Door-to-door sales persons linked to employee abuse

Rico Anthony was 17 years old and facing eviction when a young woman selling magazines knocked on his door.

He faced a future of being jobless and moving in with his brother. Anthony had only one response when asked if he wanted a job — one that promised a life traveling the country, earning money and meeting new people while selling magazines.

It would be like MTV’s “Road Rules,” the seller told him.

“Hell yeah, I need a job,” he said. He packed three days’ worth of clothes and did not return for 10 years. The decade would be a dangerous one, filled with lies, drugs and violence.

But, according to many sources, that is the world of the door-to-door sales industry.

Crew Life

Anthony described a typical day on the job as routine. The crew would wake up in a small, cramped hotel room at 7 a.m. to meet with managers by 9 a.m.

The crews piled into vans and headed to college campuses and apartment complexes. Without permits, they attempted to sell magazine subscriptions.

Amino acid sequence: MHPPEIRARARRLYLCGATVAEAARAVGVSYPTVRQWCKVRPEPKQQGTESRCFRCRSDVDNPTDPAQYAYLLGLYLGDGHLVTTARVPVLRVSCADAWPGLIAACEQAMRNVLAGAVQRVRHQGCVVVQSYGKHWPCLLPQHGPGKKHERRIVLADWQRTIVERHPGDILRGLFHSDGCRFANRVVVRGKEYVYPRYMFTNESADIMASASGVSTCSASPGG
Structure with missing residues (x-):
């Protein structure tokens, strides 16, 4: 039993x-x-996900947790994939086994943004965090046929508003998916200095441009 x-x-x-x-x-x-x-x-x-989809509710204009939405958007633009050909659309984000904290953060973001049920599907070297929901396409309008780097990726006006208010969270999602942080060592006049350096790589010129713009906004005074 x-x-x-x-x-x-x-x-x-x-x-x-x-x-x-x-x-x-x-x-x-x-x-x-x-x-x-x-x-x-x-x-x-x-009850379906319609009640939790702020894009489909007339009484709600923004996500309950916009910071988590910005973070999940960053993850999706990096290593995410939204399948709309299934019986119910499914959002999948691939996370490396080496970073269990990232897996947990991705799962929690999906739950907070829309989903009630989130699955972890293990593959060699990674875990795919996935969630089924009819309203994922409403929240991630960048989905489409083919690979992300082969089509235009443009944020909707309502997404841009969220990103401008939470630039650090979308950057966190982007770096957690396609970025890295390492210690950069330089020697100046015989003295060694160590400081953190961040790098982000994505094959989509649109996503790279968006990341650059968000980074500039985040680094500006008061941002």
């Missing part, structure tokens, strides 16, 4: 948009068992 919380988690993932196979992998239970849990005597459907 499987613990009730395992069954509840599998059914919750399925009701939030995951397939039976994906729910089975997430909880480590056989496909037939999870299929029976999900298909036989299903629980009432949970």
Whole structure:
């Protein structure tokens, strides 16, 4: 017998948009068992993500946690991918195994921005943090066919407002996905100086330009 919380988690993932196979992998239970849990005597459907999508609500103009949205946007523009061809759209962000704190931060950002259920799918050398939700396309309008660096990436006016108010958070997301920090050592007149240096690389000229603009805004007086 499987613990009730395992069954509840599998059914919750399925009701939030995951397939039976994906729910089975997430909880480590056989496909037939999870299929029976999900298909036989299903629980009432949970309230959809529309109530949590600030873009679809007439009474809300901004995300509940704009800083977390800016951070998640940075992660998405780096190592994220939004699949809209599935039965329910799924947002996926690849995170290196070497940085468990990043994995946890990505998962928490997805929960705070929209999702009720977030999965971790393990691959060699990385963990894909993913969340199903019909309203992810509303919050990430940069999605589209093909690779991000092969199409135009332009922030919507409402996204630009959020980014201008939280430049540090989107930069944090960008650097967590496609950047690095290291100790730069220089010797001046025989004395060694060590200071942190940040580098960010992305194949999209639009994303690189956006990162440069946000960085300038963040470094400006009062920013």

“Most of the kids would lie,” Anthony said. “Let’s say you went to a college campus, most kids would say they were doing it for school or for a trip. There’s a lot of pressure.”

The vans would return five times a day so the managers could see the agents’ progress.

“If you got three sales or better, they’d tell you how much ‘the shit’ you are,” Anthony said. “If you didn’t get very many sales, you were in trouble.”

“Trouble” ranged from verbal abuse to physical beatings. Anthony said he saw agents being beaten by 12 men at once.

At the end of the day, the crews went to the hotel, where drugs and alcohol were common.

“A lot of kids want to leave,” Anthony said. “I wanted to leave. But once you’re on the road for so long, you kind of break ties with your family, and they make you believe this is going to be ‘the life.”’

Anthony said he saw crew members stranded on the side of the road, hours from the
nearest town.

While traveling through Texas, Anthony suffered broken ribs when he was in a car accident that killed two girls.

After about eight years, Anthony was promoted to manager. Suddenly, his life became even more difficult. He was responsible for not only his own actions, but also those of his crew.

Worst of all, Anthony said, he was now dishing out beatings at the request of his bosses.

“I regret a lot of stuff I did,” he said. “I’d become this monster. Lying to kids, telling them how good the job was, and it wasn’t a good job at all.”

Read the rest of this story at the Indiana Daily Student.

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